This is to all the postnatal/postpartum ladies, or those ladies who are new to fitness (exercising) after giving birth.  You have grown a human and birthed them into the world. This is proof that your body is an amazing machine. Getting back to moving your body though can seem like an impossible task – there’s lots of conflicting information out there. We are experts in postnatal rehabilitation and can give you good and safe advice for both you and your baby … contact us for a postnatal/postpartum talk.

The postnatal period can be quite a daunting time for some new mommies. The notion of bouncing back to your pre-pregnancy body immediately after giving birth is neither realistic nor recommended. Instead, taking a balanced approach to weight loss over several months will optimise a woman’s future health outcomes. It is important to be healthy, strong and have sound mental health.

Ready or not

The internationally recommended standard procedure is to offer a postnatal check between six to eight weeks after the birth, during which your blood pressure and how you have healed is discussed by your health care provider. It is usually safe to start gently if you had a healthy pregnancy and if you had a straightforward vaginal delivery. Start with walking and eliminate any heavy lifting.  Concentrate on your pelvic floor, do your pelvic floor exercise as advised by your physiotherapist.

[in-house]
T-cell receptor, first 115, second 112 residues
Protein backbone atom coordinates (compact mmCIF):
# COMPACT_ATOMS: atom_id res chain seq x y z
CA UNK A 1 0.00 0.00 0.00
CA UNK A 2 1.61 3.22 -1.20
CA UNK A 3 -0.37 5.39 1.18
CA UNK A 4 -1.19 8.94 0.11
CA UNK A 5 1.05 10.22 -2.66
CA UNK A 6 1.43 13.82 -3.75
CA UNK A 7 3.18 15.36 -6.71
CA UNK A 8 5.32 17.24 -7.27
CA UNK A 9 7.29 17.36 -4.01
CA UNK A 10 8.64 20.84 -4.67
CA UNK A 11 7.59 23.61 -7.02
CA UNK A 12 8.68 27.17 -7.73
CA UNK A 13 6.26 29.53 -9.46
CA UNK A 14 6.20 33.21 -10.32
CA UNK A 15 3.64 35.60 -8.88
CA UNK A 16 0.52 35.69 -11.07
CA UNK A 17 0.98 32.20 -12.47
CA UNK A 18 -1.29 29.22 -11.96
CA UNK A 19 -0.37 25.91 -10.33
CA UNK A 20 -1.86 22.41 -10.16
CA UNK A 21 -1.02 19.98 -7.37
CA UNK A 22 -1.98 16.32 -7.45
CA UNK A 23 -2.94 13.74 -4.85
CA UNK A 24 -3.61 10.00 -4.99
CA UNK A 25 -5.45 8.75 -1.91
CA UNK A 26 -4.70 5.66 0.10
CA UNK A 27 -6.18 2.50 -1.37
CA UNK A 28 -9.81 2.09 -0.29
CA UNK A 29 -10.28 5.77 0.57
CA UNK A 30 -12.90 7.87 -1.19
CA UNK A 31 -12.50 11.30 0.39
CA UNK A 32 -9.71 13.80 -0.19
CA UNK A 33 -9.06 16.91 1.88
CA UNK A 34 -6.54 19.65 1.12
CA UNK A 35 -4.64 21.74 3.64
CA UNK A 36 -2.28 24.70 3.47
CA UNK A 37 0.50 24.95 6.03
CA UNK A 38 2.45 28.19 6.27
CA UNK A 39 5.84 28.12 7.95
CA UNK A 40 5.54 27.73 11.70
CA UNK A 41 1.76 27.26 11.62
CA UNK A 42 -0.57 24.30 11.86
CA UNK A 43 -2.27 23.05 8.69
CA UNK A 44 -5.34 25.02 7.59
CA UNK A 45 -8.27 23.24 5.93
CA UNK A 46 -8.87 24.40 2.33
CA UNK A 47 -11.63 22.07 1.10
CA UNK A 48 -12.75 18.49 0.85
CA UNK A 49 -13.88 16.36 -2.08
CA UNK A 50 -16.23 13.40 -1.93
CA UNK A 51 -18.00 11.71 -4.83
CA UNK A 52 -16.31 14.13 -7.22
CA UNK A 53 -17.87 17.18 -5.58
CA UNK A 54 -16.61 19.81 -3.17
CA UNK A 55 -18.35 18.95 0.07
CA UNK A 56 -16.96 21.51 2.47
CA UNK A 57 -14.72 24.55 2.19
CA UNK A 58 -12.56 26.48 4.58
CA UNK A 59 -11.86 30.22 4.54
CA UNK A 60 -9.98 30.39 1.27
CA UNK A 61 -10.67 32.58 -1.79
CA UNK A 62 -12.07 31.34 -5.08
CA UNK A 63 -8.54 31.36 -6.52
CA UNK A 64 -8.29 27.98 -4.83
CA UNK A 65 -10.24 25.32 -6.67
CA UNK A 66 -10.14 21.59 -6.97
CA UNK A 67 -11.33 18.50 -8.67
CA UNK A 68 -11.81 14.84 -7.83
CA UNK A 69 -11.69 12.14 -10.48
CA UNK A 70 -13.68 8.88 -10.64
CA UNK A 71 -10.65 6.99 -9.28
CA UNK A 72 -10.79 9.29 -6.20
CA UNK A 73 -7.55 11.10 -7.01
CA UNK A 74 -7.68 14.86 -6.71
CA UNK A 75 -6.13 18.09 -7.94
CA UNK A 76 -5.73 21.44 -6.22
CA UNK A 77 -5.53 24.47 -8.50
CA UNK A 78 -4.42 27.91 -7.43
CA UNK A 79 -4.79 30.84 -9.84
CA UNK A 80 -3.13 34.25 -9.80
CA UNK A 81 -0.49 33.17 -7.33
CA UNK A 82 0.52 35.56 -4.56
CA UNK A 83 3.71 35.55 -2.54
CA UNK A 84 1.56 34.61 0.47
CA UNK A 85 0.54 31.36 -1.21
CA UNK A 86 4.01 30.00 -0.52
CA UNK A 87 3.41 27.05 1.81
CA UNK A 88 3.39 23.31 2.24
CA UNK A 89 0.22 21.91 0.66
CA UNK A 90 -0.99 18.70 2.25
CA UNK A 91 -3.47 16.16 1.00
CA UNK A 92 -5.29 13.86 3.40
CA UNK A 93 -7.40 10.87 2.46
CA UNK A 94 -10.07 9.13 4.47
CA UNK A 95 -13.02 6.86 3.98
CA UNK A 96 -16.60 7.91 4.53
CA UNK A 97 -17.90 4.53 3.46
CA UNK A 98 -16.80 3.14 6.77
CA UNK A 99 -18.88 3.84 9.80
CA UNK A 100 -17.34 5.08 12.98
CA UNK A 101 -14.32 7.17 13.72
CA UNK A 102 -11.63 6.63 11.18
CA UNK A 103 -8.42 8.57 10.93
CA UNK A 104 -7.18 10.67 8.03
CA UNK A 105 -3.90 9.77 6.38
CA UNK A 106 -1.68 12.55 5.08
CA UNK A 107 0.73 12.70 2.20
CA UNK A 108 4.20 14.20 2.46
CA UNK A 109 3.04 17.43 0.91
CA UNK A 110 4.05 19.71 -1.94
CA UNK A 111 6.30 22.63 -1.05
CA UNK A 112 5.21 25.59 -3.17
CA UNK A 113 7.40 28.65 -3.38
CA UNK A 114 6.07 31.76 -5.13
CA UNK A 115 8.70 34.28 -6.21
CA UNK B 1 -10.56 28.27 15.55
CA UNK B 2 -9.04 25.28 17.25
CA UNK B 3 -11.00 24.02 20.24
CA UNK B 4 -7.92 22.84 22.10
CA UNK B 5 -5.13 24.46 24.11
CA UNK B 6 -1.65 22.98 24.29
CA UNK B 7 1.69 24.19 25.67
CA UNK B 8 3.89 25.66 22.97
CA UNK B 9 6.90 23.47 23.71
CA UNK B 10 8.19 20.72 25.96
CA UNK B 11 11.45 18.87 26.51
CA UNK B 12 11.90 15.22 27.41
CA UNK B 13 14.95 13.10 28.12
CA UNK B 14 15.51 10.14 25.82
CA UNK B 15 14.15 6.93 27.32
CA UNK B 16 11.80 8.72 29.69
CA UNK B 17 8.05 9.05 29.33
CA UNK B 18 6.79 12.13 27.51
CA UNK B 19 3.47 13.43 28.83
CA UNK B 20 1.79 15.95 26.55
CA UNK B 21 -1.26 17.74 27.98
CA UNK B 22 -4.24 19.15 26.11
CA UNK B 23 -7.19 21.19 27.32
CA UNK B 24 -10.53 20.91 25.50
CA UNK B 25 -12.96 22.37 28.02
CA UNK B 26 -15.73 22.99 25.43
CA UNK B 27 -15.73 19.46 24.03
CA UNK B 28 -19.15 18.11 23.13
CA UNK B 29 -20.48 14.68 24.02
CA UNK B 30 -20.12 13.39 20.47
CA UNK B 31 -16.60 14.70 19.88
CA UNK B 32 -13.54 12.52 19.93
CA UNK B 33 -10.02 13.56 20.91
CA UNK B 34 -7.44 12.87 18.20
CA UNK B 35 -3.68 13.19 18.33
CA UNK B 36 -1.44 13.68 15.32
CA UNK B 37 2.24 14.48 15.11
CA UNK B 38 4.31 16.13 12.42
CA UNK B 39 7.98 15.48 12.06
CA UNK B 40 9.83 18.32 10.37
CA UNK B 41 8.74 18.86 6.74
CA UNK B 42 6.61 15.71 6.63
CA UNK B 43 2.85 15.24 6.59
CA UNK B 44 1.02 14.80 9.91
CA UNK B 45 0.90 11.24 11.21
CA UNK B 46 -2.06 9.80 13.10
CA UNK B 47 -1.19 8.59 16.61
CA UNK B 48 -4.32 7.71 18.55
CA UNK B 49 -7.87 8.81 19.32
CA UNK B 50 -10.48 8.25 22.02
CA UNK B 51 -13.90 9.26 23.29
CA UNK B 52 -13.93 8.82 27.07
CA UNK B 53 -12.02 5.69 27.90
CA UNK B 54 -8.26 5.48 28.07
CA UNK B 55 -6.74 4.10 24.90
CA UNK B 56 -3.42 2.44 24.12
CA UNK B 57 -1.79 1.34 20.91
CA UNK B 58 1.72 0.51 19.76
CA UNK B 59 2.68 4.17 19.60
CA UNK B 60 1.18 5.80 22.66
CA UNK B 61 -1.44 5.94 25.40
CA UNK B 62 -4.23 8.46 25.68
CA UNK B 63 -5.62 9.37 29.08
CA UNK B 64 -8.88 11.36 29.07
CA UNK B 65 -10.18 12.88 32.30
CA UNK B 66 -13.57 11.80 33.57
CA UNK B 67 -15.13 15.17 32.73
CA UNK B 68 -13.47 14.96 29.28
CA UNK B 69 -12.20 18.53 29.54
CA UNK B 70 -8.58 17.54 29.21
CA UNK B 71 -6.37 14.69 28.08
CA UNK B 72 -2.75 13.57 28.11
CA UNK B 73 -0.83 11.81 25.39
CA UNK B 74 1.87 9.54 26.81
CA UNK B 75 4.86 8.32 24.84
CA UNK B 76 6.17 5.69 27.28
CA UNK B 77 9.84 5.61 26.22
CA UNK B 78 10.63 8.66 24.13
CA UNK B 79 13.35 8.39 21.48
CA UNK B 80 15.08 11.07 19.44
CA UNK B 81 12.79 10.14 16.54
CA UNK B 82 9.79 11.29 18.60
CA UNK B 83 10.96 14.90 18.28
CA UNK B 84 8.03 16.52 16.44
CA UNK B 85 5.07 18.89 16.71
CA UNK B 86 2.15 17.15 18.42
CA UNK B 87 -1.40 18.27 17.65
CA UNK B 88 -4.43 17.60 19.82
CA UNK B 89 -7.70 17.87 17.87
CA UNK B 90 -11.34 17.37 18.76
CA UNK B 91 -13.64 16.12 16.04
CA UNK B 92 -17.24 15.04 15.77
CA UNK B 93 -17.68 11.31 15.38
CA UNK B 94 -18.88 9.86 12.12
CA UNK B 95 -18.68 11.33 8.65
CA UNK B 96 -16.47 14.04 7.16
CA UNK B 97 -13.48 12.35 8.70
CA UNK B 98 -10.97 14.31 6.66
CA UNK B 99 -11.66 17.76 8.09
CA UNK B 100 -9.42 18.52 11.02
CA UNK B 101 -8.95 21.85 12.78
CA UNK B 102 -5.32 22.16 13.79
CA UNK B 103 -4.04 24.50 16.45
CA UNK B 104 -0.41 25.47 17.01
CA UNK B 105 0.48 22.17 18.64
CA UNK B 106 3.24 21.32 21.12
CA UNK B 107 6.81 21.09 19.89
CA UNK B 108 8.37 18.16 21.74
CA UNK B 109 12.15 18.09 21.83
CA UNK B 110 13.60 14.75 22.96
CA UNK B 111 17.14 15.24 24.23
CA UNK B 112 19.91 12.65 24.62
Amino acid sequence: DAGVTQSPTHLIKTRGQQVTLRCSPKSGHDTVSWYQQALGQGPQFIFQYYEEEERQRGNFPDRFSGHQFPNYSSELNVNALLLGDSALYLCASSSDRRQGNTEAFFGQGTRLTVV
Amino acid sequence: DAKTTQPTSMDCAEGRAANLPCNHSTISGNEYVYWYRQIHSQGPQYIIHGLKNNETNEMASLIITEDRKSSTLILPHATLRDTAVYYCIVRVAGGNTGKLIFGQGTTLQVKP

There is not a one size fits all to pelvic floor exercises.

Your pelvic floor muscles help to hold the baby up during pregnancy. This can cause the pelvic floor to get stretch or weaken. The most obvious sign is urine leakage which is common in both C-section and vaginal deliveries. It is best to seek the help of a women’s health physiotherapist for the education, advice and management of a healthy pelvic floor.

You will also have experienced the separation of your abdominal muscles; this is referred to as diastasis recti abdominus. This happens when your growing baby “pushes” the muscles in your abdomen apart, making them both longer and weaker. Avoid any strenuous abdominal exercise so as not to aggravate the separation any further. This can also be checked and treated by your women’s health physiotherapist.